A UNIQUE GOLDFIELDS EVENT IS BORN IN THE BUSH
By Graeme Cocks,
A Rolls-Royce appears out of a cloud of dust. An English adventurers ships his car 21,000km from the UK and lasts less than two laps before blowing his engine apart. Never mind, he is lent another 90 year old car from another competitor to race for the weekend. A priceless aircraft lands within metres of the motor racing track and the occupants get out with deckchairs and sit in the shade under the wing to watch the races. A 1913 Bleriot land yacht shares the clay pan with ultralights from the Goldfields Dust Devils hang gliding club.
It’s moments like this which made the Lake Perkolilli Red Dust Revival so special.
To some it is sacrilegious to cover precious antique race cars and motorbikes in red dust and driving them at the limit but for 100 pre-war race car owners and motorcycle riders it couldn’t get any better.
Camping in the bush and getting down and dirty with their vintage cars was their greatest reward for bringing the old bangers to life after sometimes years of work.
Lake Perkolilli near Kanowna is legendary amongst those who know about the outback origins of Australian motor sport. The rock hard and billiard table smooth claypan was a Mecca for speed merchants who wanted to claim Australian speed records, and from 1914 through to 1939 many records were set by cars and motorcycles.
When around-the-houses motor racing came to Western Australia and the spectators did not need to trek the 600km to the Goldfields, Lake Perkolilli or “Perko” as it was called was forgotten and virtually abandoned.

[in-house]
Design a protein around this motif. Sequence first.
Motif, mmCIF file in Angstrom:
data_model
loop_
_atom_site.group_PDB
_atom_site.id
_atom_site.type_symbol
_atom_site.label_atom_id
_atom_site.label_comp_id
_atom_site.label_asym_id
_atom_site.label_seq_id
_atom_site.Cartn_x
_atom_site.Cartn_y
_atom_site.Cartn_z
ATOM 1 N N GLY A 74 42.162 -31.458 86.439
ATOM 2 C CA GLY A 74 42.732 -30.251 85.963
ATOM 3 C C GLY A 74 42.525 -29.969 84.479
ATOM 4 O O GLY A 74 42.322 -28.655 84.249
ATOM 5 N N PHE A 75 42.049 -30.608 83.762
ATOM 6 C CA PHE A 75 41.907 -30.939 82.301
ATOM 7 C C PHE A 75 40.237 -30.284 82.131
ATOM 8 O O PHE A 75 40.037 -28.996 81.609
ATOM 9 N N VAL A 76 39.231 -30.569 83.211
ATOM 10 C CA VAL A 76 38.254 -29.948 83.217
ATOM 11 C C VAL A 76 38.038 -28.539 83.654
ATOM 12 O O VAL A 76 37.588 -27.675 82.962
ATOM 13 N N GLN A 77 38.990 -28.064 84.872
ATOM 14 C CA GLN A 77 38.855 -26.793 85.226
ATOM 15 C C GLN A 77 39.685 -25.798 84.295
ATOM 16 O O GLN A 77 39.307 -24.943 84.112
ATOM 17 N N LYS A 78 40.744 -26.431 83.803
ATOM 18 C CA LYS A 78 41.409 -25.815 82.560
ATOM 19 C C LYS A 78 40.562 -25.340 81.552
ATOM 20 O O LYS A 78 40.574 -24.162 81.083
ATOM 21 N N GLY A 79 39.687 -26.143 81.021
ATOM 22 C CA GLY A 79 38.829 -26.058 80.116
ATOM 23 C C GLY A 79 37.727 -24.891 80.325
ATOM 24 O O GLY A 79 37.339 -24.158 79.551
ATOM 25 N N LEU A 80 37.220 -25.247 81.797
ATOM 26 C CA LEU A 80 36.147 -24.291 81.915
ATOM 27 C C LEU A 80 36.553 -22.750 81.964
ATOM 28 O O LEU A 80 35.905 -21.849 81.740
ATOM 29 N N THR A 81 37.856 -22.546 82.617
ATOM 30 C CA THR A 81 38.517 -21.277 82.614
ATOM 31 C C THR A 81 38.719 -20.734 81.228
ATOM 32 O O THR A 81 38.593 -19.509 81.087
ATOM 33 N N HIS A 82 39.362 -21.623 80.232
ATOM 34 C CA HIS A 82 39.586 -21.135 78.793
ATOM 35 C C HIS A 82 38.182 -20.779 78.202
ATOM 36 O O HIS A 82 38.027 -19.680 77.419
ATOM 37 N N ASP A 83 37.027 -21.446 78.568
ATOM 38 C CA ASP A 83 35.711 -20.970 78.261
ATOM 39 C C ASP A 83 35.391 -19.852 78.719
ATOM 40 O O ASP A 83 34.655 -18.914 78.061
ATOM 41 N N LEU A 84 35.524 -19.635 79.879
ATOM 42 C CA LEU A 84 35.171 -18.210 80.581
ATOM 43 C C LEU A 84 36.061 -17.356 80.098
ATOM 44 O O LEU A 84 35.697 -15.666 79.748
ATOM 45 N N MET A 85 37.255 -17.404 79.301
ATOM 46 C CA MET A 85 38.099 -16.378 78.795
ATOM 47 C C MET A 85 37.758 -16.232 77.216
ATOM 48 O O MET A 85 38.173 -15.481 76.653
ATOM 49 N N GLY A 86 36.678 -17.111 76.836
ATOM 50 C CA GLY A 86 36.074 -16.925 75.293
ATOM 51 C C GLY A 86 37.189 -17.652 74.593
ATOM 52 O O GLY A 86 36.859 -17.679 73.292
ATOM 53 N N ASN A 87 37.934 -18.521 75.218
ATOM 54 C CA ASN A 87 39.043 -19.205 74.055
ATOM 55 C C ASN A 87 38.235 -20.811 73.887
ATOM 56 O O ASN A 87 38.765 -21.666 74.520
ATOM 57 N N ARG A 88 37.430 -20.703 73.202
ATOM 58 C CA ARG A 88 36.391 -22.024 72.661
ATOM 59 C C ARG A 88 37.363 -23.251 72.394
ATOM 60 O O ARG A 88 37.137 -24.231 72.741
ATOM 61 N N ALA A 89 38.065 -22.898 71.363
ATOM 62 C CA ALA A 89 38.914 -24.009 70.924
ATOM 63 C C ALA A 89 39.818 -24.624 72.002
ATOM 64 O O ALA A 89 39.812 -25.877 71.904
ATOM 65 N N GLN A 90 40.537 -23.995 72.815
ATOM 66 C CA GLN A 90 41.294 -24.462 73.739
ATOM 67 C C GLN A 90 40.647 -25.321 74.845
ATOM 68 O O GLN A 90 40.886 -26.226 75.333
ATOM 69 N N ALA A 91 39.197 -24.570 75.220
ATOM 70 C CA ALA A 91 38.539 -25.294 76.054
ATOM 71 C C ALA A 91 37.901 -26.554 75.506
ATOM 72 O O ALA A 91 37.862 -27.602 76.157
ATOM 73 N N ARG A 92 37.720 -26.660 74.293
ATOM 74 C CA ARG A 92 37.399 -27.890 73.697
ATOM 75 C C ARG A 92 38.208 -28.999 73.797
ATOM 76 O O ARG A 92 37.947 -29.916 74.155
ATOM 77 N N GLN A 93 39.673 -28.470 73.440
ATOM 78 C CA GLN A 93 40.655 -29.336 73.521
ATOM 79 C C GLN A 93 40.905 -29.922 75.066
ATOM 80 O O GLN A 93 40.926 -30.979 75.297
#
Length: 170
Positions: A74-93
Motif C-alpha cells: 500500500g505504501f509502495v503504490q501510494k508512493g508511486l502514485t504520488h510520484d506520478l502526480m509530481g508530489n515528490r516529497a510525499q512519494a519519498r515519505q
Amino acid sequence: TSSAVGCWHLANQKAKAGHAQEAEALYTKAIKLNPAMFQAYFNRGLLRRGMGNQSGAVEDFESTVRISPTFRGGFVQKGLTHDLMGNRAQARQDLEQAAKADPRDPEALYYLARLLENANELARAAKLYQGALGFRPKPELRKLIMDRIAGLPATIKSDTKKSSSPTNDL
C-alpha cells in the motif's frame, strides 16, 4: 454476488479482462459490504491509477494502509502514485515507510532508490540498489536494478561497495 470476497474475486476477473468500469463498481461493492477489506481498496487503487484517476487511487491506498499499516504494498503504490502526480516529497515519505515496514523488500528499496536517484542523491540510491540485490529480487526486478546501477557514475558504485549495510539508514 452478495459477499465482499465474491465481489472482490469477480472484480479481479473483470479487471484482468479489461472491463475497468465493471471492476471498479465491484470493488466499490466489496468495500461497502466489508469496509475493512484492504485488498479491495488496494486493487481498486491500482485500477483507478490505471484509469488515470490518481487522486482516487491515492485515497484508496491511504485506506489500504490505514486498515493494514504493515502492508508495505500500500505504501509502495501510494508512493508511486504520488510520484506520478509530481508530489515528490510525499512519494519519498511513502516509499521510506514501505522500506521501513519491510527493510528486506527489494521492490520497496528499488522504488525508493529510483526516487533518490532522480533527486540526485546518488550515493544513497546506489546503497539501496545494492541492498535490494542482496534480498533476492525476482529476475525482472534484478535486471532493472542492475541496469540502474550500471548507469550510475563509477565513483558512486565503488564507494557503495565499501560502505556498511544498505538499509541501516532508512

The Lake Perkolilli Red Dust Revival from 12 to 15 September this year resurrected the old natural track and the glory days of Goldfields motor sport was alive once more.
They camped in the bush — just like the racers of the 1920s and 1930s who trekked from Perth to test out their cars and bikes on what was called the “Brooklands of the West”.
Britain has its Goodwood Revival on a converted airfield, the USA has The Race of Gentleman on a beach and now Australia has the Lake Perkolilli Red Dust Revival on a claypan in the outback.
The oldest cars at the Red Dust Revival were Ford Model T speedsters. The venerable Model T released to the world in 1909 was not known for speed but when the smart young mechanics of the era stripped them back and hotted-up the engines they were fast and loud.
There were Chrysler racers from the 1920s, replicas of the cars which set Australian 24 Hour Speed Records back in 1926 and 1927. Austin Sevens, the original “Baby” Austins competed head-to-head with more expensive and sophisticated cars such as Bentleys and Lagondas.
Hugh Fryer’s Austin was called “The Flying Bathub” for obvious reasons and at first he didn’t like the name, but then it stuck and it was a badge of honour — “Yeah, it’s the Flying Bathtub — and yep, it flies!”.
About 40 classic motorcycles also kicked up the dust on the claypan for the first time since 1939. The great British brands of times past such as BSA, AJS and Triumph were well represented as well as big American V-Twins such as Harley and Indian.
The Lake Perkolilli Red Dust Revival was run by a group of enthusiasts from the vintage motorcycle and sports car fraternity who just wanted to experience the thrill of claypan racing. To administer the event they formed the Lake Perkolilli Motor Sports Club Inc. Everyone who entered the event with a car or motorcycle automatically became a member of this very exclusive bunch of people who can say that they have competed on one of the world’s oldest race tracks with exactly the same surface as a century ago.
The event was free to attend as a spectator and thanks to the City of Kalgoorlie/Boulder there was camping adjacent to the claypan and the most basic facilities. Thousands of people came to enjoy the spectacle just like the good ol’ days — camping in the bush and enjoying the smoke, smell and clatter of old race cars and bikes as they kicked up the dust.
For more information and to ordered the commemorative book of the event go to www.motoringpast.com.au.